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SSD 5 Questions

MustangMartigan

New Member
I want decent VI drum software n noticed Slate SSD5 is on sale for $99 until the end of today, the 30th.

How does it compare to other drum VI's in terms of the samples per drum? I think the term is round robin, maybe (picked up that lingo on here). I briefly went thru all the kit sound bites, and tried the one kit in the demo, n it seems pretty solid.

I play alot of different rock styles, straight driving rock, blues/rock, heavy rock, acoustic stuff.

I'm not very knowledgeable in this area. My ideal situation would be an actual mic'd drum kit, but that ain't in the cards right now, so the drum VI will have to do for the demos I'm making.

Thanks.
 

Dewdman42

Senior Member
They have a free version. Grab that and try it. That' a great price frankly I think its a no brainer. I wish SS would add more features to the software to catch up to the competition but for that price, and for the kind of music you're talking about doing, I think you will like it.
 
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MustangMartigan

New Member
They have a free version. Grab that and try it. That' a great price frankly I think its a no brainer. I wish SS would add more features to the software to catch up to the competition but for that price, and for the kind of music you're talking about doing, I think you will like it.
Damn, totally blew it ans missed the sale. Any suggestion on a different brand around; is there any VI that equals or comes close the SSD5 at the 99 price point or less?

I have the SSD5 demo, but the included kit doesn't get me where i wanna be.
 

X-Bassist

Senior Member
I have SSD4 and Addictive Drums and far prefer the latter. They regularly have half price sales where you can get AD2 and your choice of a few kits for $99. Even SSD5 is far too basic, some triggered samples, compared to all that you can do in AD2 and Superior Drums. Both keep adding new kits and at half price sales that are about $40 to add a new kit with many preset sounds. Add midi grooves from places like groove monkey or platinum samples where they use real players unquantized, and the manipulation of those grooves (change dynamics, feel, solo instruments before drag and dropping midi) and you’ve got a groove machine that can be manipulated much more than something like Kontakt or SSD. These engines were made for drums and drum midi manipulation. :)
 
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MustangMartigan

New Member
I have SSD4 and Addictive Drums and far prefer the latter. They regularly have half price sales where you can get AD2 and your choice of a few kits for $99. Even SSD5 is far too basic, some triggered samples, compared to all that you can do in AD2 and Superior Drums. Both keep adding new kits and at half price sales that are about $40 to add a new kit with many preset sounds. Add midi grooves from places like groove monkey or platinum samples where they use real players unquantized, and the manipulation of those grooves (change dynamics, feel, solo instruments before drag and dropping midi) and you’ve got a groove machine that can be manipulated much more than something like Kontakt or SSD. These engines were made for drums and drum midi manipulation. :)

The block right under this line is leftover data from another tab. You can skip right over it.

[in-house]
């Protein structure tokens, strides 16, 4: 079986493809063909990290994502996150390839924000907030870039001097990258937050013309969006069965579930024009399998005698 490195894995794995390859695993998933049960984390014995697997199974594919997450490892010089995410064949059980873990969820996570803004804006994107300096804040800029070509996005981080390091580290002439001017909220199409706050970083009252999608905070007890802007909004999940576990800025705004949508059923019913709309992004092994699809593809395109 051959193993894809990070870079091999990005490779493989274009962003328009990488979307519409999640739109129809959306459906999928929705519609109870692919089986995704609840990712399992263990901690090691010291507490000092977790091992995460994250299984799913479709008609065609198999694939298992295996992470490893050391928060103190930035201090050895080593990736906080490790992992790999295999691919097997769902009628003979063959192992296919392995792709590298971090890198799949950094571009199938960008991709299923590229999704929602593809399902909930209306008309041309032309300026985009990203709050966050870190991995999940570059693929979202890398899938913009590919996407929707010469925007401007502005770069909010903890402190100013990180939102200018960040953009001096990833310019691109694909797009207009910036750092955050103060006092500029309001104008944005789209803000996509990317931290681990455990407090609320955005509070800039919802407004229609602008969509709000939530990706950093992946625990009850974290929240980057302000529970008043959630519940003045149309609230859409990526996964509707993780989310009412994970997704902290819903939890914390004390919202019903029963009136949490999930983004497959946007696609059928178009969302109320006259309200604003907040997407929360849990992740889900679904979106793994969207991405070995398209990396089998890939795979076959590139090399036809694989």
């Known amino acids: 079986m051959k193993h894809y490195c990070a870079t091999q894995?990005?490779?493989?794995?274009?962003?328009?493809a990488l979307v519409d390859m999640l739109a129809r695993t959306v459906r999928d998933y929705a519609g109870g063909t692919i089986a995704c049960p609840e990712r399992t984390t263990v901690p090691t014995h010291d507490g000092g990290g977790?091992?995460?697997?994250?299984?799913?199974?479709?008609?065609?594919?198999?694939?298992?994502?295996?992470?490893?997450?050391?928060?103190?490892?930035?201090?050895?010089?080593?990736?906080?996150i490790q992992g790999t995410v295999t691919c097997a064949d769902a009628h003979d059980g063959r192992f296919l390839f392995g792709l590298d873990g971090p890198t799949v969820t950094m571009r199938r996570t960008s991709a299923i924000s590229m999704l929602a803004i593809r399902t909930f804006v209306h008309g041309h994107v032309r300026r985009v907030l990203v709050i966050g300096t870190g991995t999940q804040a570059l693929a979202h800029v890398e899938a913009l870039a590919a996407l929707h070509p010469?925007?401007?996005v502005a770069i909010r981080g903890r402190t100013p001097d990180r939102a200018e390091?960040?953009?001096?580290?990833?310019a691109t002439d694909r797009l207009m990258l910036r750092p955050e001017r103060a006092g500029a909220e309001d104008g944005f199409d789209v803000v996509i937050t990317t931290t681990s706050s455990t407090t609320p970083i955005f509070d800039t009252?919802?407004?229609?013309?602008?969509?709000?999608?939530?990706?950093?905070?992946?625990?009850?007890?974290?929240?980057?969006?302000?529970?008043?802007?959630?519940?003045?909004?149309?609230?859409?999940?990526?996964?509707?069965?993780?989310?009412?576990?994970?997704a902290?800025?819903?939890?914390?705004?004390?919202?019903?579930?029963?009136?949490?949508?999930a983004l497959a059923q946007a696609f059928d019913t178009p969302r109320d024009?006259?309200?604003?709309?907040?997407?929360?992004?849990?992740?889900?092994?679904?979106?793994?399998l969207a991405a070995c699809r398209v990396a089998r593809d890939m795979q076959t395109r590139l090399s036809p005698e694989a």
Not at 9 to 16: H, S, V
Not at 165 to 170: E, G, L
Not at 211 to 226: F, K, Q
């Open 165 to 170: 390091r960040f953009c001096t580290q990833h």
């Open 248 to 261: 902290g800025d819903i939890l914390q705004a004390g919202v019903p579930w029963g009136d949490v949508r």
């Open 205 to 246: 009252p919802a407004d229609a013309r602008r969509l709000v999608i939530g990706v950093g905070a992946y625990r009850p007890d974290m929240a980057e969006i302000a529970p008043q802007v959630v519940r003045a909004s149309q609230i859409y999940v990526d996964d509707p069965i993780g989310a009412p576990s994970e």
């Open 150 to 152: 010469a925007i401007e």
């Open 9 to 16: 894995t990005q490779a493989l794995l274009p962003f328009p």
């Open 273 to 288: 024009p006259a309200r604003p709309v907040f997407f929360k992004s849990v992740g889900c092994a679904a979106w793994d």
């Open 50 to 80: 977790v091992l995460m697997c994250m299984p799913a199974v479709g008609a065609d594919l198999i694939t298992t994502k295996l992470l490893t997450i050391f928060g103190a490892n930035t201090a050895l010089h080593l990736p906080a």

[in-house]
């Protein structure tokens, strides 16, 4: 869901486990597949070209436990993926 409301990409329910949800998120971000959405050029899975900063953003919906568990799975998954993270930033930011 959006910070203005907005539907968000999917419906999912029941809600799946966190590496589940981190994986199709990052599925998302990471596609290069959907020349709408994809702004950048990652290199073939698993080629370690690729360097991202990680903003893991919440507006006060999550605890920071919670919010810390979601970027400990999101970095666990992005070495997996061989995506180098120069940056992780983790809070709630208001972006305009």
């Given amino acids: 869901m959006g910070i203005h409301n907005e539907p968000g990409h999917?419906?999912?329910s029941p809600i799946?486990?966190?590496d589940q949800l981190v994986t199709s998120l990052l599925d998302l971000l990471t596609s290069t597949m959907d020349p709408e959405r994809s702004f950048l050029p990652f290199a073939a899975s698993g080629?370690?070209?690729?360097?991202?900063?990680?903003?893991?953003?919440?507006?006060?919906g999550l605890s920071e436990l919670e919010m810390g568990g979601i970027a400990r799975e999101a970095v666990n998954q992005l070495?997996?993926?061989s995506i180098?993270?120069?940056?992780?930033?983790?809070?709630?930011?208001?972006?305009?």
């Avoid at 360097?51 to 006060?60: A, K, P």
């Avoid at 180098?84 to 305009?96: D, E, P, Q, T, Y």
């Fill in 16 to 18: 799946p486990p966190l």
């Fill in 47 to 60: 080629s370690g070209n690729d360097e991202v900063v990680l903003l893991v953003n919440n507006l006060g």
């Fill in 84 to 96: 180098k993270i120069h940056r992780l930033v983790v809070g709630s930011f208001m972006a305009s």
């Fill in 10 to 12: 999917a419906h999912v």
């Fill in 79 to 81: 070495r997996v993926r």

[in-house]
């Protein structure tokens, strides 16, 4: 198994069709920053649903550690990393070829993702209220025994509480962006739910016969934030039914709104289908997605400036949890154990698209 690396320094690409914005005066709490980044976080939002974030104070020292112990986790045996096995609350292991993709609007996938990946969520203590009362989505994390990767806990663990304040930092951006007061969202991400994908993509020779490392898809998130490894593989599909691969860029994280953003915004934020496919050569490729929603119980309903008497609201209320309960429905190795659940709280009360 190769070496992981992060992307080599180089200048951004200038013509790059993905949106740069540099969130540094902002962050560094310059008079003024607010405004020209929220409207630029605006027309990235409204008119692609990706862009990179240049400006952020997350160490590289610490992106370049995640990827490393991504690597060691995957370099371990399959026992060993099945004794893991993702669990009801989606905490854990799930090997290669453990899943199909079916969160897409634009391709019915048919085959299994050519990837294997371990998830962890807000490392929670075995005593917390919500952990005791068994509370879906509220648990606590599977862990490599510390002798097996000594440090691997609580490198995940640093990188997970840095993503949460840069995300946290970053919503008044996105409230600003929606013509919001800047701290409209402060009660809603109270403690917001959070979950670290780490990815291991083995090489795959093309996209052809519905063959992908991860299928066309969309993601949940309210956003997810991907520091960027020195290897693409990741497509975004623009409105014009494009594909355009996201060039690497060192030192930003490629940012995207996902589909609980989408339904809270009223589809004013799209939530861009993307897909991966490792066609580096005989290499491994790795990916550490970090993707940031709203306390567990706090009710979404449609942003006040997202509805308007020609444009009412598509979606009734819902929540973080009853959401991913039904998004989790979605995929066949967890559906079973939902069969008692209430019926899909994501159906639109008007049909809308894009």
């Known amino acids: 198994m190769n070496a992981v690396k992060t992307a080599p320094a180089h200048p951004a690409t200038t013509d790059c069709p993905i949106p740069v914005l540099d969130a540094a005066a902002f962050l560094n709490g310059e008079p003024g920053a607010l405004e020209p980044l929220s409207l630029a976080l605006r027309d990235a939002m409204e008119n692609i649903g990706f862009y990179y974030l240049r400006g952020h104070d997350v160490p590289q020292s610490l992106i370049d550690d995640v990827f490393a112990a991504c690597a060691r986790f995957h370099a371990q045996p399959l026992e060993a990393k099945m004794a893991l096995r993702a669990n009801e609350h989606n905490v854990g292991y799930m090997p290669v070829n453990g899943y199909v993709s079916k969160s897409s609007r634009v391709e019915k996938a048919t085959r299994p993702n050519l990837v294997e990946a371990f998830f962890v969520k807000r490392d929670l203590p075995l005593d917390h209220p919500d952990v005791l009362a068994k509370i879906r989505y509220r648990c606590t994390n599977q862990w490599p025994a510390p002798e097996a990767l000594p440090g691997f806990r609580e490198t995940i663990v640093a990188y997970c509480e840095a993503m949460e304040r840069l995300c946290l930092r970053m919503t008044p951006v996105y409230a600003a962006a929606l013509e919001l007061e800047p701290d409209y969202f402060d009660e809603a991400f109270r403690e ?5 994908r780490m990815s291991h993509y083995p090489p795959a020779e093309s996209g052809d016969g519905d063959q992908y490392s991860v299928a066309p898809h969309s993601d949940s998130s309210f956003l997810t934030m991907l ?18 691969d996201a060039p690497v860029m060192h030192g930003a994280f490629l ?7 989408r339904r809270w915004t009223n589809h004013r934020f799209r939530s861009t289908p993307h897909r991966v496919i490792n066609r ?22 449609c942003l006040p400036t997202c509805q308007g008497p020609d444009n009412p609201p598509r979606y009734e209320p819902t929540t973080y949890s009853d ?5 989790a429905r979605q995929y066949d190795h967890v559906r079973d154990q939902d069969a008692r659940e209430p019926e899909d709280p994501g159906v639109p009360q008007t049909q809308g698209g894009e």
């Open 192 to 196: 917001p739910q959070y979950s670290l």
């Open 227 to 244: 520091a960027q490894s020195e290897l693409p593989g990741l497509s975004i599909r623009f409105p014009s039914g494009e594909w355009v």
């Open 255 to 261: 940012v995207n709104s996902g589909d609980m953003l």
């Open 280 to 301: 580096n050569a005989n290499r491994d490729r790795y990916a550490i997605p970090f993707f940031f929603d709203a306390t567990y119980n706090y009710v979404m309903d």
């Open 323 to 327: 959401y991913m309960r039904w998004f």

I don't think I need an insane amount of options. Kit wise SSD5 absolutely slays AD2 by like 47 kits.. just counting what comes stock.

Are the samples per drum way higher with AD2?
 

X-Bassist

Senior Member
I don't think I need an insane amount of options. Kit wise SSD5 absolutely slays AD2 by like 47 kits.. just counting what comes stock.

Are the samples per drum way higher with AD2?
I would go by your ears. If you like the kits in SSD5, then go for it. Originally I liked SSD4 because of the rock kits, there is one that sounds like Led Zeppelin in particular, but I don’t use t much because the interface is so basic and the sounds are not extensively sampled. Some kits have one snare sample for example, but I would assume all this has been improved in SSD5.

As far as AD2’s samples, here’s an excerpt from an interview with the creator:

“AD2 uses multiple velocity layers and ‘Alternating Samples’ (as we call it). The number of layers depends on the sound. Some sounds change timbre a lot between soft and hard hits, and to capture that you need more layers. Snare is usually 16 layers, Kick is 12. There are usually about four to eight alternating samples in each layer. The exception here is intentional ‘one-shot’ or drum machine-type sounds, where there might be only a single sample. AD2 also lets you control how many velocity layers you want to use, and if you want Alternating Samples on or off – because sometimes you want that expensive snare to sound like a vintage drum machine!”

For me even without the extensive sampling I like the ability to manipulate the kits, layout, and midi grooves right in the interface, it’s even got full mixing with eq, compression, and fx on every piece of the kit. The output sounds fully mixed out of the box (unlike Superior drums) but it can be “unmixed” and samples can be output “raw” by simply turning off the processing (most modules have an on/off switch for easy comparison). There’s just so much you can do with it. It’s left my other Kontakt drums (of which I have many) and SSD4 in the dust.
 
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